The myth of the crocodile slithers between the unconscious and the contradictions of the human soul: a real creature of intrigue and mystery…
Making their first appearance 90 million years ago, crocodiles belong to that group of reptiles whose physical features have remained virtually unchanged over the ages. This means that more than an animal, the crocodile is actually a living fossil. A crocodile can easily reach 7 metres in length and his diet largely consists of fish and small vertebrates but once he have reached adult size he can attack bovines or even humans (though only when seriously provoked). These reptiles can also tolerate long periods of fasting and can even survive six months of complete abstinence from food.
A single creature, two universes
Symbolically speaking, the crocodile is a creature suspended between two realms, seeing that it divides its whole life between water and land and thus becomes the absolute paradigm of existential contradictions. A crocodile (especially if female) can serve as the perfect metaphor for fertility as well as for sudden destruction.
The Sobek cult
This dualistic vision originated in Ancient Egypt where there was a thriving cult of Sobek, the son of the goddess Neith and considered “lord of the waters and fertility”. He was represented as a man with the head of a crocodile wearing a uraeus (the famous Egyptian headgear in the form of a snake) and holding an ankh (the key of life) tightly in his hand. Historians note how Sobek was venerated both for his benevolent qualities (when the Nile burst its banks it irrigated the surrounding fields generating new life), but also as a fierce punisher and primary cause of the prolonged periods of famine.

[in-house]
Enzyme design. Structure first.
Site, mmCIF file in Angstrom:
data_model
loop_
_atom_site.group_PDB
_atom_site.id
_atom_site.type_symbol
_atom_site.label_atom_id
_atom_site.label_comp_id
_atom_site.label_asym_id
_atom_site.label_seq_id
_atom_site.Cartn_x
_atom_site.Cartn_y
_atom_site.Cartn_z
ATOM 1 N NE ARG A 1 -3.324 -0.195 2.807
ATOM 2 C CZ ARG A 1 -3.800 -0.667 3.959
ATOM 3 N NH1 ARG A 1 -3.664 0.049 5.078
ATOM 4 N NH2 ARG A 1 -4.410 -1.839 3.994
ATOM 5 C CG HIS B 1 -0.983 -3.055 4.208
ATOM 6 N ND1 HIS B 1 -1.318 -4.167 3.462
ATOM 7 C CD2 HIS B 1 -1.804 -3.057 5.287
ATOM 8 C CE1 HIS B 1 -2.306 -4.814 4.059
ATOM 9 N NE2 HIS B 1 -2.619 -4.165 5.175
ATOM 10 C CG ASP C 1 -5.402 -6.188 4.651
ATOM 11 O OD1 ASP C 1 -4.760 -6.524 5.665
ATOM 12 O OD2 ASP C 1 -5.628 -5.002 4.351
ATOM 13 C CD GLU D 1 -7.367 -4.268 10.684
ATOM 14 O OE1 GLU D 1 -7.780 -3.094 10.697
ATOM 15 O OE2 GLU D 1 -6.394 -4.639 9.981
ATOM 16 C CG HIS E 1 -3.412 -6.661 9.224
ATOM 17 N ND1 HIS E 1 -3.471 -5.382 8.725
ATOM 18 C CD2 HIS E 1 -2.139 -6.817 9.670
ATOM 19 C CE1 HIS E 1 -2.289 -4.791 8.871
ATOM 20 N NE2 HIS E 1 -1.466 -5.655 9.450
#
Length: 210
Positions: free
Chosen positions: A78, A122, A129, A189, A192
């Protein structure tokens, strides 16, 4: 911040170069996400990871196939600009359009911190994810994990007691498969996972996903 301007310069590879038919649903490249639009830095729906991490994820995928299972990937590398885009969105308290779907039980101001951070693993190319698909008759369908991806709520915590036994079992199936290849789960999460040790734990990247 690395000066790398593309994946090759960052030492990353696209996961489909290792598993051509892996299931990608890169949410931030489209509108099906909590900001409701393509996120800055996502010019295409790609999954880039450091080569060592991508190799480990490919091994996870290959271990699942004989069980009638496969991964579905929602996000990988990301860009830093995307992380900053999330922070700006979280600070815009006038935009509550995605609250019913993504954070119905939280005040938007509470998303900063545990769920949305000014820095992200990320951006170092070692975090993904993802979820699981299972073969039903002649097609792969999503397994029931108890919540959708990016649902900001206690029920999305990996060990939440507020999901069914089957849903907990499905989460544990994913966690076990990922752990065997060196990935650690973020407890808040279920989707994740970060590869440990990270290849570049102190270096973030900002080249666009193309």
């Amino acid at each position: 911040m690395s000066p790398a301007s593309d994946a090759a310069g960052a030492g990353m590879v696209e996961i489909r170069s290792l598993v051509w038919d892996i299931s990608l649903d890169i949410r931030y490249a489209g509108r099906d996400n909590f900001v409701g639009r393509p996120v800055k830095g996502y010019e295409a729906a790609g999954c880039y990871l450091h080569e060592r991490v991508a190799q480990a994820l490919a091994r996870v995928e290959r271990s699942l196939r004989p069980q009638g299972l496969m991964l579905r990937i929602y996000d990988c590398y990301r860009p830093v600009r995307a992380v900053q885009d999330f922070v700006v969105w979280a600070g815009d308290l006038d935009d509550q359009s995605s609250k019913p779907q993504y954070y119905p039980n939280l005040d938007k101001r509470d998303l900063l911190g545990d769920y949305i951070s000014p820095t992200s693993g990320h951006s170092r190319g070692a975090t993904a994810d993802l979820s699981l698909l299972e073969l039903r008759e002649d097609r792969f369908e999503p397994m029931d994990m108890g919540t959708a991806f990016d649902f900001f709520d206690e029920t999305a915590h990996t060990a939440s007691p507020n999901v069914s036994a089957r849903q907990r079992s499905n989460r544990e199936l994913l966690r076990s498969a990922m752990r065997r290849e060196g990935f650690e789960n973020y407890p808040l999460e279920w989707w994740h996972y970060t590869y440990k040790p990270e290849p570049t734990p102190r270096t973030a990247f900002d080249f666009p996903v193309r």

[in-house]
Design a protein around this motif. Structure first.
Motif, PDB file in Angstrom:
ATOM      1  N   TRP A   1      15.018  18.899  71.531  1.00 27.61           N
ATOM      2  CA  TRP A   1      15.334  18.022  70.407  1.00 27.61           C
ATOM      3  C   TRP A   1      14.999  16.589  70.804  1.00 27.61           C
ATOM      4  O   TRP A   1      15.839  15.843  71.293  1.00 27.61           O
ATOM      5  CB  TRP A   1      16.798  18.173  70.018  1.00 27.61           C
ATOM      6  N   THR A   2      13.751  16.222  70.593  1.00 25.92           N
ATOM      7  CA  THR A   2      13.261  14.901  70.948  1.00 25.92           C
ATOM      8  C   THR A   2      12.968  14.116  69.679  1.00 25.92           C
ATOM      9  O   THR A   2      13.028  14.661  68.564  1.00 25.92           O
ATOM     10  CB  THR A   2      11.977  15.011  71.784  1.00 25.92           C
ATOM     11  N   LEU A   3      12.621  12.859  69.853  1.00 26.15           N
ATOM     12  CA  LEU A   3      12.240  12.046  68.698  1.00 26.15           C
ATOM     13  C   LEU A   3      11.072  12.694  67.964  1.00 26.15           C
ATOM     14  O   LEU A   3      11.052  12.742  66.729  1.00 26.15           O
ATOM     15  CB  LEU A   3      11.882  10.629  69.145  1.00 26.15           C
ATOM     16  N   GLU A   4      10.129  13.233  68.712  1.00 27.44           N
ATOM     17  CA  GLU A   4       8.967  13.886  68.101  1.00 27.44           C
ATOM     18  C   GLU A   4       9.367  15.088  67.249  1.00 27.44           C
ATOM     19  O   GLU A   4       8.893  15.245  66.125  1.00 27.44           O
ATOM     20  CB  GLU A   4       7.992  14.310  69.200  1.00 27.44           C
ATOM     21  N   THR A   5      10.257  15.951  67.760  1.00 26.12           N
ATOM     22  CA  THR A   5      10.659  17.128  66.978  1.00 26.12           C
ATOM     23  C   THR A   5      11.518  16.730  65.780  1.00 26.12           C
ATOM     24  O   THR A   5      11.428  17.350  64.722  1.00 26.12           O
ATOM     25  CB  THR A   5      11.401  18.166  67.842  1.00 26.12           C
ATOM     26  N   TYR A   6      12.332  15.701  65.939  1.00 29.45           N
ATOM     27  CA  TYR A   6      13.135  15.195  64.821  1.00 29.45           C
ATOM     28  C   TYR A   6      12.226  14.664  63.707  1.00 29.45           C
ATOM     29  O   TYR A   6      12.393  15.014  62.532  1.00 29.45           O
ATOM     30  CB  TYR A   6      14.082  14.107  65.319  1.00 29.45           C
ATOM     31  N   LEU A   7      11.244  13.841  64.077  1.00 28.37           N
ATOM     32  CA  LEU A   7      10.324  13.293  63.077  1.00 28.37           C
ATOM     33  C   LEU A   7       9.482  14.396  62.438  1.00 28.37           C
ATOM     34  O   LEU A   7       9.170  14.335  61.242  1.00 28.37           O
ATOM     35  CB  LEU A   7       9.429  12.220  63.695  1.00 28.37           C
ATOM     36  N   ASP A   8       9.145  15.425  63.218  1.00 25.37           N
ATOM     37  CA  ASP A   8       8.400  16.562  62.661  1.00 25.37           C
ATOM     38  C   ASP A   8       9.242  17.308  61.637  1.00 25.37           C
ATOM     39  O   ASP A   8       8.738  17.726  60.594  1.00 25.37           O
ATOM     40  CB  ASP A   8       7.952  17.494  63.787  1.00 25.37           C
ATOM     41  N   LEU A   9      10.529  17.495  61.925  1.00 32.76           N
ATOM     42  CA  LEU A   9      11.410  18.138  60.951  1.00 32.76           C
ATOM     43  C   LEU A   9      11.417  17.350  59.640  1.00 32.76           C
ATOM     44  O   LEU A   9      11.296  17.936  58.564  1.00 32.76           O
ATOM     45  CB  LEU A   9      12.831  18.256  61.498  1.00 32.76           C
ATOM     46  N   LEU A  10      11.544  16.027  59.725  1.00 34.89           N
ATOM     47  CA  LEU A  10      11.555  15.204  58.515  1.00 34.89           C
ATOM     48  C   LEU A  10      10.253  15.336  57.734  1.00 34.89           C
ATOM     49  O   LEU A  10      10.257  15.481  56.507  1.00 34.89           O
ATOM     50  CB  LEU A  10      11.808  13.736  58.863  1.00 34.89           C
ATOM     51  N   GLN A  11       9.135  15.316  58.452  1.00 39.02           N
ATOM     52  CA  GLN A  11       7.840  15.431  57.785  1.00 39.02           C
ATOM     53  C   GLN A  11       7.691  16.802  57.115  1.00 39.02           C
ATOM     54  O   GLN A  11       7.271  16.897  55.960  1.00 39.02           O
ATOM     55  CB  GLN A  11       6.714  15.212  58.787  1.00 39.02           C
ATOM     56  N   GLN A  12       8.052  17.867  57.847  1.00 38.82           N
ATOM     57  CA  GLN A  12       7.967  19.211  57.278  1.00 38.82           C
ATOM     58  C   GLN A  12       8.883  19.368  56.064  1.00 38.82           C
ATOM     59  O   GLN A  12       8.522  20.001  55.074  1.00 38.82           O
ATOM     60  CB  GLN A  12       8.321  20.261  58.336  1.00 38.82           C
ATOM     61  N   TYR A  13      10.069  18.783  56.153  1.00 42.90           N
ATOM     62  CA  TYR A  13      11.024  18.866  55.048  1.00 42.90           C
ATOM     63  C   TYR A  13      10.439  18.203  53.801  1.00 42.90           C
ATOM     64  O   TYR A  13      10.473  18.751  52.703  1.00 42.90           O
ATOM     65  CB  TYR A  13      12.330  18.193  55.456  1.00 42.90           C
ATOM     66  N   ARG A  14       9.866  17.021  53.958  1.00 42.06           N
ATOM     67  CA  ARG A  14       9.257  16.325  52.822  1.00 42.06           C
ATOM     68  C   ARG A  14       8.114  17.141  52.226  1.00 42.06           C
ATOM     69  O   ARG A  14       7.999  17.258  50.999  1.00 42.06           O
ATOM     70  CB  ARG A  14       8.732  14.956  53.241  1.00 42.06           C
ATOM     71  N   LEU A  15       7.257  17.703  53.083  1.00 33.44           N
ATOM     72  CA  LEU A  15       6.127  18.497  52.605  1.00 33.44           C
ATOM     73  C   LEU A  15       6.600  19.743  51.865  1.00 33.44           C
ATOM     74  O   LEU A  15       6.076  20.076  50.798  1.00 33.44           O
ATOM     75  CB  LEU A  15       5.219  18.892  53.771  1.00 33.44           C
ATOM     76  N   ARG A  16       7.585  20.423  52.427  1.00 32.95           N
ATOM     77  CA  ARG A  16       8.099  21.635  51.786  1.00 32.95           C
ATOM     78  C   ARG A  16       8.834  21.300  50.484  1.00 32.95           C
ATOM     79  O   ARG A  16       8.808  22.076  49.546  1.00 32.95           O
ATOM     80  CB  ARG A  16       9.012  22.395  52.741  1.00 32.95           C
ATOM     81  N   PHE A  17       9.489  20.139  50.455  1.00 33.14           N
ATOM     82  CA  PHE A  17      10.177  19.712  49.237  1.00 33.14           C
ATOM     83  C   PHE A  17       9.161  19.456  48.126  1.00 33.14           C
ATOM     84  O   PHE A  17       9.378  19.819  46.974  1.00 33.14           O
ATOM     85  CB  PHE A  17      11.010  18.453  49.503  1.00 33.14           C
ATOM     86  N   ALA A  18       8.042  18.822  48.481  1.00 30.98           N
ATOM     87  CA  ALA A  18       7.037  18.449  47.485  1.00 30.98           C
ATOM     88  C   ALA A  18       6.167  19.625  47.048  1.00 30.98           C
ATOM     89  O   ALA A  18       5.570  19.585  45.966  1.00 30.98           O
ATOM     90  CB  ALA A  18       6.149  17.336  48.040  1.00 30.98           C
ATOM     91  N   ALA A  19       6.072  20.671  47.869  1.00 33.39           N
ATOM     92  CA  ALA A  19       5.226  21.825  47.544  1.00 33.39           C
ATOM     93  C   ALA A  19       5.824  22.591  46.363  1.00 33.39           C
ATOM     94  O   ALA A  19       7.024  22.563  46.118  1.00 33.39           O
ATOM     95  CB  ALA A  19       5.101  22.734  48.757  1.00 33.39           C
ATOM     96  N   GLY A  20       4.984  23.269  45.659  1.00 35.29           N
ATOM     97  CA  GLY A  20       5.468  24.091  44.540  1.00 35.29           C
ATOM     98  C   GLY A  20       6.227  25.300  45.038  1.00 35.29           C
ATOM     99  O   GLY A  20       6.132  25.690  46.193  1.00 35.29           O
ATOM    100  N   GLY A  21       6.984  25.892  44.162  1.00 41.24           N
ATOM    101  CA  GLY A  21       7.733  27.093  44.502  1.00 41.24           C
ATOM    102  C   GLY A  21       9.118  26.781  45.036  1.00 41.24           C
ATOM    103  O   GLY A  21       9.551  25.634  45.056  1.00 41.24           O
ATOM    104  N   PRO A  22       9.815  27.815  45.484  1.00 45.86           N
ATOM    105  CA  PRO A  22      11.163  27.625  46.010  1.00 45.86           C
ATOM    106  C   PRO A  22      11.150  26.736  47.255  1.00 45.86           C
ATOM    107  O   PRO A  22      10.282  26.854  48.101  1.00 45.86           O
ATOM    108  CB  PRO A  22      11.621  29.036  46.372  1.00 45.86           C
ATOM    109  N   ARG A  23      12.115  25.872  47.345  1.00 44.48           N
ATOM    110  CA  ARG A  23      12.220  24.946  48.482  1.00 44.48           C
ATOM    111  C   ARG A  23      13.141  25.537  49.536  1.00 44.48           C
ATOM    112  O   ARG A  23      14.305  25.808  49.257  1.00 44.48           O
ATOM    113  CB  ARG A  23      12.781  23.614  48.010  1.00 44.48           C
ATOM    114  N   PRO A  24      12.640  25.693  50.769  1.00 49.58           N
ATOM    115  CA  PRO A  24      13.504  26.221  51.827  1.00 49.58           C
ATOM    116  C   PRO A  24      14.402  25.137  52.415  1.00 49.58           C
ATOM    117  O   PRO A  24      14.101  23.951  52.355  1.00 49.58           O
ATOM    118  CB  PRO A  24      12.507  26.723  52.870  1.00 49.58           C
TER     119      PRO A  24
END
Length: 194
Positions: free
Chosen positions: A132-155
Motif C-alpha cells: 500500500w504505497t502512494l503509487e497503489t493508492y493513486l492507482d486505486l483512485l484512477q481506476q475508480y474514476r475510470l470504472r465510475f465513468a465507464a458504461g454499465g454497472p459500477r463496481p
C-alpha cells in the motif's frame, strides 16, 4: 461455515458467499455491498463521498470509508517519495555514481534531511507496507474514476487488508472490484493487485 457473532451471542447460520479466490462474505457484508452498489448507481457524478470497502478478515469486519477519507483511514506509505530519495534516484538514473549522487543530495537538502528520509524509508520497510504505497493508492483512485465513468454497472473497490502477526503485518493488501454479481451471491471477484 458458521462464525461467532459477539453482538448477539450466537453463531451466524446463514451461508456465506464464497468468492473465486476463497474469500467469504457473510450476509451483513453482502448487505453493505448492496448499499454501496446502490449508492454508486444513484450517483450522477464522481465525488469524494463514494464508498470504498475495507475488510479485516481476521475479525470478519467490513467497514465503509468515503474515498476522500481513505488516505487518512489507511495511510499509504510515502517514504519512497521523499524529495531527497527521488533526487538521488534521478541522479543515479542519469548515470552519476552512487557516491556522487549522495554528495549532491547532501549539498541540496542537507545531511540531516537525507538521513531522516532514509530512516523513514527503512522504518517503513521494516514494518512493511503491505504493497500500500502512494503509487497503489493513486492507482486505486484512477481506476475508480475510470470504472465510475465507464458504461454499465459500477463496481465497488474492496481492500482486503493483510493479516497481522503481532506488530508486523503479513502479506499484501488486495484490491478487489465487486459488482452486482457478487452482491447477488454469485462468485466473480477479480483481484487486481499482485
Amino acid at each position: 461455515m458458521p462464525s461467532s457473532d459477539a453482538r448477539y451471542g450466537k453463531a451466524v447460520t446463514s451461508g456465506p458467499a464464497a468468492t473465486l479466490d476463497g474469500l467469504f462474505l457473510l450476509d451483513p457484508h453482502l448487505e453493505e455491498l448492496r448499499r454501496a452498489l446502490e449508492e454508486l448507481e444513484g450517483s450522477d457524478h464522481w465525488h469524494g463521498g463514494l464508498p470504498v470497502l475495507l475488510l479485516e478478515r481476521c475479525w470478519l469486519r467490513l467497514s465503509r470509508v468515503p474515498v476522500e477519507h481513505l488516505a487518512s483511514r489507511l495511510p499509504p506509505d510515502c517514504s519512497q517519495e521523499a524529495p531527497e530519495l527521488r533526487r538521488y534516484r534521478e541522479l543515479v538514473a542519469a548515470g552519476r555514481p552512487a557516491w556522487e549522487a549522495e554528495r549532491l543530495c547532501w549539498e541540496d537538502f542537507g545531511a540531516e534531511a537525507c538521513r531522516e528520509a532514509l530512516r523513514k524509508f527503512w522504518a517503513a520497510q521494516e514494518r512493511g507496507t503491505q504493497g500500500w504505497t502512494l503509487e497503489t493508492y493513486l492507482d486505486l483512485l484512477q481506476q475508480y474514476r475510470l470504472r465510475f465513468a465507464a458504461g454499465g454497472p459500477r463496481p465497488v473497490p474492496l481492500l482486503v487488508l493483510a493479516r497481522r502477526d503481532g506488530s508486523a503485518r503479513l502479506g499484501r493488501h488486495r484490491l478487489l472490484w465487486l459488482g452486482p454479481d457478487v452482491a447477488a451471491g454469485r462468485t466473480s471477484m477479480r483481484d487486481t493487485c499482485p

A primordial monster?
For some peoples, the crocodile also represents the passage from this world to the next, and in Cambodia a flag bearing its image is used during funerals. In the Aztec horoscope, the crocodile is seen as the first element and symbol of the beginning of life: anybody born under its sign is considered to be lucky, destined for a prosperous life. The Maya, on the other hand, see it as a symbol of “plenty” and the animal that represents the four cardinal points. In Mexico, the crocodile, like the toad, is symbolic of the Earth. Some scholars have drawn parallels between the crocodile and the dragon in the Middle Ages, seeing both as primordial monsters who can suddenly erupt into primitive chaos.
Suspended between morality and vice
Other schools of thought see crocodiles as synonymous with the devil or Leviathan, the huge sea creature mentioned in the Old Testament and described as the most bitter foe of God. There is also many an ignoble description of the crocodile in Medieval Bestiaries which associate it with the figure of the “hypocrite, miser and libertine”. Which makes perfect sense seeing as how the crocodile lurking in the muddy water at night is like the man who strays from Good and wallows in corruption and vice.
The meaning of his “tears”
This negative judgment (of a clearly moralistic bent) is what is behind the famous expression about shedding “crocodile tears”, used to describe someone who repents a little late in the day after knowingly committing some terrible deed. Some linguists claim that the expression has a purely scientific origin linked to the awful habit of the female of carrying their eggs in their mouths with the risk of breaking them and even swallowing them in an involuntary act of cannibalism. At the same time, these animals are prone to frequent lachrymation of the eyelid which requires constant lubrification so that they can see in poor light.
“Crocodile”, aka the last journalistic farewell
This negativity associated with the animal means that in journalistic circles, a “crocodile” means an obituary written in advance especially for prominent figures in politics, entertainment and sport. The “crocodiles” for one celebrity or the other are prepared weeks if not months in advance.